More importantly, it denies the military all the skills mid-career professionals like this could bring to bear. Any large organization — and with more than 2.2 million service members the military certainly qualifies as large — that exclusively recruits leaders internally is foregoing all the benefits that could be provided by the incredibly dynamic civilian workforce.

While they might lack experience at military academies or commanding troops on the battlefield, they might have unrivaled experience elsewhere — like managing logistics for UPS, working in the trauma unit of a hospital emergency room or running a large supply chain for a multinational company — that could be incredibly valuable to the military.

Also problematic: The current system encourages military members with skills that are highly sought after in the private sector to leave for good. As the MCRMC notes, since the start of the all-volunteer force there has been “a sustained increase in the overall education of service members, creating a far more professional and technologically fluent force.” These trends make service-members more desirable in the private sector and the military currently has few on-ramps back into active-duty service once service members leave. And, the options currently available — like the Air Force’s Career Intermission Pilot Program that offers airmen up to a three-year sabbatical — are extremely underutilized.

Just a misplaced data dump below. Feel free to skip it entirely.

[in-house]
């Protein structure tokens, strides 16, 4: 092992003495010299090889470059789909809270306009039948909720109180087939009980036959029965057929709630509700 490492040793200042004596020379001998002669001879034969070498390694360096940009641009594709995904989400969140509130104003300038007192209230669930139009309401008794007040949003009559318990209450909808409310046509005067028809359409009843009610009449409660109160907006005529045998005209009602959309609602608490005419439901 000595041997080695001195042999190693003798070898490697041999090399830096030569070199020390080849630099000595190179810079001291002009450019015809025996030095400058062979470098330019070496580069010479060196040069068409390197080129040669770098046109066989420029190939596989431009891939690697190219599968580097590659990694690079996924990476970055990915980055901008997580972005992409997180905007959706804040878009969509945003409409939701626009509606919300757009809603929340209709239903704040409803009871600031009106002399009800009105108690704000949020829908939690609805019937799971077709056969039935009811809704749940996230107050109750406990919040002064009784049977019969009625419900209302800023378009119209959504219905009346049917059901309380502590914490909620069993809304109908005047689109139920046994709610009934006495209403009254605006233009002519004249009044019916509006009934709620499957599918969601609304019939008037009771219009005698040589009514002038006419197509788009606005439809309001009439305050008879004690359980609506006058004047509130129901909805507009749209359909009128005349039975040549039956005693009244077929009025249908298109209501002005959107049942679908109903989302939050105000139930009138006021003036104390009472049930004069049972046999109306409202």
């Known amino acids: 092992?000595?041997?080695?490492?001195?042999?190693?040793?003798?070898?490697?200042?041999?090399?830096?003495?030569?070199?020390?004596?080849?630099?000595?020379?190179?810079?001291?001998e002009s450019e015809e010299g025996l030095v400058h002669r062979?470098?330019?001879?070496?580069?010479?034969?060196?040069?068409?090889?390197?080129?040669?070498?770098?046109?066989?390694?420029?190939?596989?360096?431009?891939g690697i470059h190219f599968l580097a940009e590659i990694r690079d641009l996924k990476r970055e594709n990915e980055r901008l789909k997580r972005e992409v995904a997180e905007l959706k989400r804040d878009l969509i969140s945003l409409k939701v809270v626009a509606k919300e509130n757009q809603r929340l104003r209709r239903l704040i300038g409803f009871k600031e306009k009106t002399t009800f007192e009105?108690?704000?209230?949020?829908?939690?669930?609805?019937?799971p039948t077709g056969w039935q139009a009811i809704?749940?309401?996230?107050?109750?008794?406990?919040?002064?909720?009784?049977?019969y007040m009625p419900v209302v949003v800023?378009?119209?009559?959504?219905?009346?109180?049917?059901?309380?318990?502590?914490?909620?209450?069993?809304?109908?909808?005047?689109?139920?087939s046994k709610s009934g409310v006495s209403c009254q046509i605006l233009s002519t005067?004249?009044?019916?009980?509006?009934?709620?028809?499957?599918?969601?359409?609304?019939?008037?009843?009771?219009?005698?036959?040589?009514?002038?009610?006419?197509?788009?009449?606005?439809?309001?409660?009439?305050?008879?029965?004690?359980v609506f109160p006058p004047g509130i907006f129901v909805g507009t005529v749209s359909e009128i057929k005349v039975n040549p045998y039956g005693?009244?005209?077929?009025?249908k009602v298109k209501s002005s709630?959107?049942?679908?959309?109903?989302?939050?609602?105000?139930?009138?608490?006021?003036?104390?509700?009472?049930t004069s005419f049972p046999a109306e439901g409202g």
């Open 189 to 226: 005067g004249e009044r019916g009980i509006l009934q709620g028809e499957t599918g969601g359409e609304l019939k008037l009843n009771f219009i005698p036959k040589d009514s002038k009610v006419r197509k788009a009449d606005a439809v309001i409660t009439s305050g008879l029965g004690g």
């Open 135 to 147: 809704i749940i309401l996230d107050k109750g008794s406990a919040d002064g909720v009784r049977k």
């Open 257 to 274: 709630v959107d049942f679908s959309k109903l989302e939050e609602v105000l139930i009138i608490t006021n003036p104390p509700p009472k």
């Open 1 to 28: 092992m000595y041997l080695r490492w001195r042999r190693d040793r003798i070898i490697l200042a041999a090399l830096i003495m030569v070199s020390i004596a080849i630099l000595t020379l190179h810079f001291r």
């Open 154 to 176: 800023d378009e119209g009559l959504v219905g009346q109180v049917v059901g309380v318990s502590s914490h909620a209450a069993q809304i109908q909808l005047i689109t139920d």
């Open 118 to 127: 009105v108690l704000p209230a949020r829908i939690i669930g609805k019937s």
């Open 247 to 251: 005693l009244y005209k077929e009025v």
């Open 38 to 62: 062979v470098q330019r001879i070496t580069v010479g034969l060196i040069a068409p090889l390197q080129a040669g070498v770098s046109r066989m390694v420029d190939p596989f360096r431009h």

Opening the recruitment system would have the added benefit of reducing the growing civilian-military divide, which has grave consequences for both the military and the nation, as James Fallows recently noted in The Atlantic: The Guard and Reserves provide this vital link between the civilian and military employment silos, but this does nothing to change the fact that the active-duty military is not fully benefiting from the immensely talented, 155 million person strong civilian U.S. workforce. Opening this system will ensure that the military can recruit the very best, regardless of whether they’re in or outside the military.

Every three years, on average, service members are asked to completely uproot their lives. When the all-volunteer force began this was less of a problem because nearly 98 percent of service members were men, the vast majority of whom were not married and didn’t have children. Those that had families often had a wife who was a full-time caregiver, rather than being employed outside the home. Today, the story is very different. According to the MCRMC: One in six active-duty officers is a woman; 55 percent of the active duty force is married, including 68 percent of all officers and; 71 percent of military families have children.